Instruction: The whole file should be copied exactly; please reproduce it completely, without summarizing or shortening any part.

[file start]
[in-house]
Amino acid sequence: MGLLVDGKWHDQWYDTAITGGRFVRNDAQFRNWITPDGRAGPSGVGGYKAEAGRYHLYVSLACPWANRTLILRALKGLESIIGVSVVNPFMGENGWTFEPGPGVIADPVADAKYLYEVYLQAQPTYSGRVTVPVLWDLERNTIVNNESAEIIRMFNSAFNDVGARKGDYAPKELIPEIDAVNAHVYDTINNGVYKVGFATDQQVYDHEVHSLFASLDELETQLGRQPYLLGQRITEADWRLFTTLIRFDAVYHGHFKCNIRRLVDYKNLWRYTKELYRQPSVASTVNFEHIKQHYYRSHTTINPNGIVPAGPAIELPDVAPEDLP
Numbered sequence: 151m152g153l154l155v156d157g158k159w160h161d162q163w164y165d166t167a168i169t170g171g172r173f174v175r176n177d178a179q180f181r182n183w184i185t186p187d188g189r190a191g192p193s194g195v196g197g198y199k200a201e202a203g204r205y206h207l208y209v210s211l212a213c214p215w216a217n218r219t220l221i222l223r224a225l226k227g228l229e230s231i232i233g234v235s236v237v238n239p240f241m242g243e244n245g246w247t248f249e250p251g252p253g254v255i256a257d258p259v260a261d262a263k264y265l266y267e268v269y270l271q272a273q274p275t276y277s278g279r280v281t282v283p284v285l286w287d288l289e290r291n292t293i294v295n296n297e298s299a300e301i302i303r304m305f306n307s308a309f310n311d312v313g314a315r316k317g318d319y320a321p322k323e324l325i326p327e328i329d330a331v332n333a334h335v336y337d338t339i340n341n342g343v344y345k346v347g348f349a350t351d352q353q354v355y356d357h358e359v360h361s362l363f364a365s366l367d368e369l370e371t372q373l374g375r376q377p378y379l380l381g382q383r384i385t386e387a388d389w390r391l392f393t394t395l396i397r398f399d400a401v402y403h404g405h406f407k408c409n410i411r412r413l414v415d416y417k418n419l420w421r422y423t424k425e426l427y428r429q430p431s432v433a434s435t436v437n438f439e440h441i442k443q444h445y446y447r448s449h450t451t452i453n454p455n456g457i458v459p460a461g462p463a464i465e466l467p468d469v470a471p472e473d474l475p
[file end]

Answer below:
[in-house]
Amino acid sequence: MGLLVDGKWHDQWYDTAITGGRFVRNDAQFRNWITPDGRAGPSGVGGYKAEAGRYHLYVSLACPWANRTLILRALKGLESIIGVSVVNPFMGENGWTFEPGPGVIADPVADAKYLYEVYLQAQPTYSGRVTVPVLWDLERNTIVNNESAEIIRMFNSAFNDVGARKGDYAPKELIPEIDAVNAHVYDTINNGVYKVGFATDQQVYDHEVHSLFASLDELETQLGRQPYLLGQRITEADWRLFTTLIRFDAVYHGHFKCNIRRLVDYKNLWRYTKELYRQPSVASTVNFEHIKQHYYRSHTTINPNGIVPAGPAIELPDVAPEDLP
Numbered sequence: 151m152g153l154l155v156d157g158k159w160h161d162q163w164y165d166t167a168i169t170g171g172r173f174v175r176n177d178a179q180f181r182n183w184i185t186p187d188g189r190a191g192p193s194g195v196g197g198y199k200a201e202a203g204r205y206h207l208y209v210s211l212a213c214p215w216a217n218r219t220l221i222l223r224a225l226k227g228l229e230s231i232i233g234v235s236v237v238n239p240f241m242g243e244n245g246w247t248f249e250p251g252p253g254v255i256a257d258p259v260a261d262a263k264y265l266y267e268v269y270l271q272a273q274p275t276y277s278g279r280v281t282v283p284v285l286w287d288l289e290r291n292t293i294v295n296n297e298s299a300e301i302i303r304m305f306n307s308a309f310n311d312v313g314a315r316k317g318d319y320a321p322k323e324l325i326p327e328i329d330a331v332n333a334h335v336y337d338t339i340n341n342g343v344y345k346v347g348f349a350t351d352q353q354v355y356d357h358e359v360h361s362l363f364a365s366l367d368e369l370e371t372q373l374g375r376q377p378y379l380l381g382q383r384i385t386e387a388d389w390r391l392f393t394t395l396i397r398f399d400a401v402y403h404g405h406f407k408c409n410i411r412r413l414v415d416y417k418n419l420w421r422y423t424k425e426l427y428r429q430p431s432v433a434s435t436v437n438f439e440h441i442k443q444h445y446y447r448s449h450t451t452i453n454p455n456g457i458v459p460a461g462p463a464i465e466l467p468d469v470a471p472e473d474l475p